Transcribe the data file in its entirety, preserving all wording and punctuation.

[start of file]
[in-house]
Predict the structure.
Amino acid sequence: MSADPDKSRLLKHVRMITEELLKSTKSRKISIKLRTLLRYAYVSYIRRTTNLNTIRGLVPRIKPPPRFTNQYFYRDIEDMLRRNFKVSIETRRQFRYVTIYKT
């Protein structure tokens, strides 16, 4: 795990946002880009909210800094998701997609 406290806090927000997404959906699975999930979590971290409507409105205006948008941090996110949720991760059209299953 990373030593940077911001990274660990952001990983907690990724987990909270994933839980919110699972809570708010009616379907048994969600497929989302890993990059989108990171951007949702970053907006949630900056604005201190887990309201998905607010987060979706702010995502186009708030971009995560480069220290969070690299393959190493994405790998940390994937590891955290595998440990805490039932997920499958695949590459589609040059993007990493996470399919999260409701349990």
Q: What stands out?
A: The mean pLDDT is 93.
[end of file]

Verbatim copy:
[in-house]
Predict the structure.
Amino acid sequence: MSADPDKSRLLKHVRMITEELLKSTKSRKISIKLRTLLRYAYVSYIRRTTNLNTIRGLVPRIKPPPRFTNQYFYRDIEDMLRRNFKVSIETRRQFRYVTIYKT
């Protein structure tokens, strides 16, 4: 795990946002880009909210800094998701997609 406290806090927000997404959906699975999930979590971290409507409105205006948008941090996110949720991760059209299953 990373030593940077911001990274660990952001990983907690990724987990909270994933839980919110699972809570708010009616379907048994969600497929989302890993990059989108990171951007949702970053907006949630900056604005201190887990309201998905607010987060979706702010995502186009708030971009995560480069220290969070690299393959190493994405790998940390994937590891955290595998440990805490039932997920499958695949590459589609040059993007990493996470399919999260409701349990």
Q: What stands out?
A: The mean pLDDT is 93.